Based on the above discussions, this note examines the role of the World Trade Organisation (WTO) in managing the global trading regime and to what extent has the WTO been successful in achieving trade liberalisation since its inception. Towards this aim, the following section examines the post-war global economic order, the role of Bretton Woods institutions in this order, and the evolution of the GATT/WTO in this process. In this way, the crucial role that the WTO plays in the global trade regime is displayed. Then, the trade liberalization effects of the WTO are discussed in detail. These analyses indicate that the WTO is a central player in the global trade regime, and it was successful in the trade liberalization and integration of developing countries, especially China, into the global trade structure. However, further progress was stalled in the early 2000s during the Doha Round of negotiations as the developing countries argued that many of the new trade measures did not offer enough benefits despite possible large costs. Then, the global financial crisis in 2008 and 2009 was another factor limiting further trade integration globally. Therefore, currently, the WTO and world economy face major challenges in terms of international trade and economic globalization.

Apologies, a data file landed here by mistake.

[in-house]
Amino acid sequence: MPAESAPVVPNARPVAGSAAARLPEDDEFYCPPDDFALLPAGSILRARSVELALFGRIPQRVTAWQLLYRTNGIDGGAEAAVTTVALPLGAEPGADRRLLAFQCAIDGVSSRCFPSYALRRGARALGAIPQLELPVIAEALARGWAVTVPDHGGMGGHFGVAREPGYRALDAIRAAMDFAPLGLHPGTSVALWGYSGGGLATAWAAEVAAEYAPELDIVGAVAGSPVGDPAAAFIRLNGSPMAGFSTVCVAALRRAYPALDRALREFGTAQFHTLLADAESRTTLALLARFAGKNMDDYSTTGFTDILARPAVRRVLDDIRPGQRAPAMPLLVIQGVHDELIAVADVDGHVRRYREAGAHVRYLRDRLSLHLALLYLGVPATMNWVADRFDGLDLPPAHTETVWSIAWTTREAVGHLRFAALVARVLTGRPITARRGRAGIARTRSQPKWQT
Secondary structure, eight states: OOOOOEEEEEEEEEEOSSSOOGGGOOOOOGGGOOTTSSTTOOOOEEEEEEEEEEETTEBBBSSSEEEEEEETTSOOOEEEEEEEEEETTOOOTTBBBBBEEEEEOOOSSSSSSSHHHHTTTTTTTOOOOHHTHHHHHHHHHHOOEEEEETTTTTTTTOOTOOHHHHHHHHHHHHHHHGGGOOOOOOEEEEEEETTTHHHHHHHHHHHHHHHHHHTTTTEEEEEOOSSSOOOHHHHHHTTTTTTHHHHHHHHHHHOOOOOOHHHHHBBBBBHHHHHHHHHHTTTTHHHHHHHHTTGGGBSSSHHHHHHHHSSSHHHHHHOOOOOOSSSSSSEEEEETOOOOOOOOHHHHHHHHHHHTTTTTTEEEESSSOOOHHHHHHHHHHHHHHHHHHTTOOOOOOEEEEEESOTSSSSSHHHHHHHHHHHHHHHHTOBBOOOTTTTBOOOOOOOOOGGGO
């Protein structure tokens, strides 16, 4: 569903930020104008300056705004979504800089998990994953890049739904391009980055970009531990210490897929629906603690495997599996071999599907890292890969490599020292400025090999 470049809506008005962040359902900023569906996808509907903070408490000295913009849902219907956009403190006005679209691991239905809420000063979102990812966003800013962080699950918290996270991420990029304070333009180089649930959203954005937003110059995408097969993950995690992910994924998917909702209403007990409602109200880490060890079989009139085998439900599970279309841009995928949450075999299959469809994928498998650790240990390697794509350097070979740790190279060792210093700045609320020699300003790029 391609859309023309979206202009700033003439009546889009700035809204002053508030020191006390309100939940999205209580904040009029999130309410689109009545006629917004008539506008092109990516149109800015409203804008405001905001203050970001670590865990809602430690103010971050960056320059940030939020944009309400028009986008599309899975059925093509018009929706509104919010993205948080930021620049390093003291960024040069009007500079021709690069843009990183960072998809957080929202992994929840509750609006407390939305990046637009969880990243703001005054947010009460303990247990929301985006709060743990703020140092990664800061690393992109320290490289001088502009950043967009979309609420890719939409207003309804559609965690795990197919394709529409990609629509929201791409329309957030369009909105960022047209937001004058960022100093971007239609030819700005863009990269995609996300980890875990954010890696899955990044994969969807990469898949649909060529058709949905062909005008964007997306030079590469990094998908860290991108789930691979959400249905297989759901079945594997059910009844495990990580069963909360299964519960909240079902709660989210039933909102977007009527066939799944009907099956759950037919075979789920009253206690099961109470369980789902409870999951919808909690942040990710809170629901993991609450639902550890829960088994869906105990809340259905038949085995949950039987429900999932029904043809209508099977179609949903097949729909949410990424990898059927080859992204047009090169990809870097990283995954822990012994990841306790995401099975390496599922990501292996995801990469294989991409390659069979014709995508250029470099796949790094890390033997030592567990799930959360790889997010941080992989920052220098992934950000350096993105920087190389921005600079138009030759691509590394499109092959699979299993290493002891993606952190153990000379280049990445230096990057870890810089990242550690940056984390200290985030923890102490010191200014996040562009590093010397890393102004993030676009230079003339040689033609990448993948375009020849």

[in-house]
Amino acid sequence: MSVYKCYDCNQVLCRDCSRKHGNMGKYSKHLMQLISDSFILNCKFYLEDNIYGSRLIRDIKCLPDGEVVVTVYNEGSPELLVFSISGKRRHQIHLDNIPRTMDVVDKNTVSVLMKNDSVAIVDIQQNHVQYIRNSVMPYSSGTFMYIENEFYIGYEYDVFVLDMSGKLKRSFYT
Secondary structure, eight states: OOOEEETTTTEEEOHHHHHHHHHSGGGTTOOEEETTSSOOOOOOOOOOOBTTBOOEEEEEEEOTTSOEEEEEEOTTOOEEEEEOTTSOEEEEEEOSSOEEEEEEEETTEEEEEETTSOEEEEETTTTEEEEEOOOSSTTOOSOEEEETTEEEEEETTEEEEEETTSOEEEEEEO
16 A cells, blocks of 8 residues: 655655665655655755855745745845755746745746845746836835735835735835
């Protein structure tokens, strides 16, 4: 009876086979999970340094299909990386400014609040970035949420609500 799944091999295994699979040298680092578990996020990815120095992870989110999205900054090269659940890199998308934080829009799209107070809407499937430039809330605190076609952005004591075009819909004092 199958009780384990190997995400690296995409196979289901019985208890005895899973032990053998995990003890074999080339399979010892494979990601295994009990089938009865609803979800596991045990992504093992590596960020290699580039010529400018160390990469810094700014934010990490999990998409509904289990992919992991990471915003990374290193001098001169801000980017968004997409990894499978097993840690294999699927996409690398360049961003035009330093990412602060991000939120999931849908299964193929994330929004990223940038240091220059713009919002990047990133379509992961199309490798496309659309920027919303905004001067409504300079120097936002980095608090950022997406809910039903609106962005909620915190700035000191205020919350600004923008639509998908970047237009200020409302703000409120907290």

2. The Post-war Economic Order, the GATT/WTO, and the Global Trade Regime
The world economy experienced different economic cycles and globalization dynamics in the last two centuries. The period between 1840 and the First World War witnessed a strong rise in international trade flows. Figure 1 shows that the exported goods as a share of world GDP increased from less than 5 percent to close to 15 percent. This period is called the first wage of globalization (Artis and Okubo, 2009). However, with the First World War, the economic and political volatility in the inter-war period (such as the collapse and re-establishment of the gold regime and the Great Depression), and the Second World War, international trade as a ratio to world GDP declined below 5 percent (Irwin, 1995). As a related factor, Bordo (1993) notes that trade protection (including higher tariff rates and other non-tariff measures) increased in this period.
Figure 1: Trade Globalization (Exported Goods/World GDP, %)
Source: Ortiz-Ospina et al. (2018).